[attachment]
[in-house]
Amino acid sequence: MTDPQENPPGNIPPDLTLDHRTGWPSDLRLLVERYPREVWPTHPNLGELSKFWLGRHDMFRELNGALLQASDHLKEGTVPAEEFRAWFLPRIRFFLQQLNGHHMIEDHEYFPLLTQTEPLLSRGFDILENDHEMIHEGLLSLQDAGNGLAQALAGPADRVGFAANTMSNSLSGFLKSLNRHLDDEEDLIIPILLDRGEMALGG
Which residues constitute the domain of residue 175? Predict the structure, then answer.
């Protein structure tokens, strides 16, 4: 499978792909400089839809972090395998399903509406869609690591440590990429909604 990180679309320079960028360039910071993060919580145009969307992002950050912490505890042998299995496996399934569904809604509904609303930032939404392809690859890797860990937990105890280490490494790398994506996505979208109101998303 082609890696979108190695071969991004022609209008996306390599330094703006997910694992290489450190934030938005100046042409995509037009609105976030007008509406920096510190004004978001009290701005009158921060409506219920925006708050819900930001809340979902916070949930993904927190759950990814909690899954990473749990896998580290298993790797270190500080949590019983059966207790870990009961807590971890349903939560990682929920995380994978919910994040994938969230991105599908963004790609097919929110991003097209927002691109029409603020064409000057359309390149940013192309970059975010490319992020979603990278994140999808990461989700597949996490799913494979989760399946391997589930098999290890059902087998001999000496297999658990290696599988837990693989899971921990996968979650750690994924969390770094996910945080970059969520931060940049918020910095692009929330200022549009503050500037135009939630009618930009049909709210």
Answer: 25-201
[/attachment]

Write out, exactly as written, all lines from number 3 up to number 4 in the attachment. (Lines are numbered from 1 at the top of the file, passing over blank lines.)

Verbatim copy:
Which residues constitute the domain of residue 175? Predict the structure, then answer.
């Protein structure tokens, strides 16, 4: 499978792909400089839809972090395998399903509406869609690591440590990429909604 990180679309320079960028360039910071993060919580145009969307992002950050912490505890042998299995496996399934569904809604509904609303930032939404392809690859890797860990937990105890280490490494790398994506996505979208109101998303 082609890696979108190695071969991004022609209008996306390599330094703006997910694992290489450190934030938005100046042409995509037009609105976030007008509406920096510190004004978001009290701005009158921060409506219920925006708050819900930001809340979902916070949930993904927190759950990814909690899954990473749990896998580290298993790797270190500080949590019983059966207790870990009961807590971890349903939560990682929920995380994978919910994040994938969230991105599908963004790609097919929110991003097209927002691109029409603020064409000057359309390149940013192309970059975010490319992020979603990278994140999808990461989700597949996490799913494979989760399946391997589930098999290890059902087998001999000496297999658990290696599988837990693989899971921990996968979650750690994924969390770094996910945080970059969520931060940049918020910095692009929330200022549009503050500037135009939630009618930009049909709210």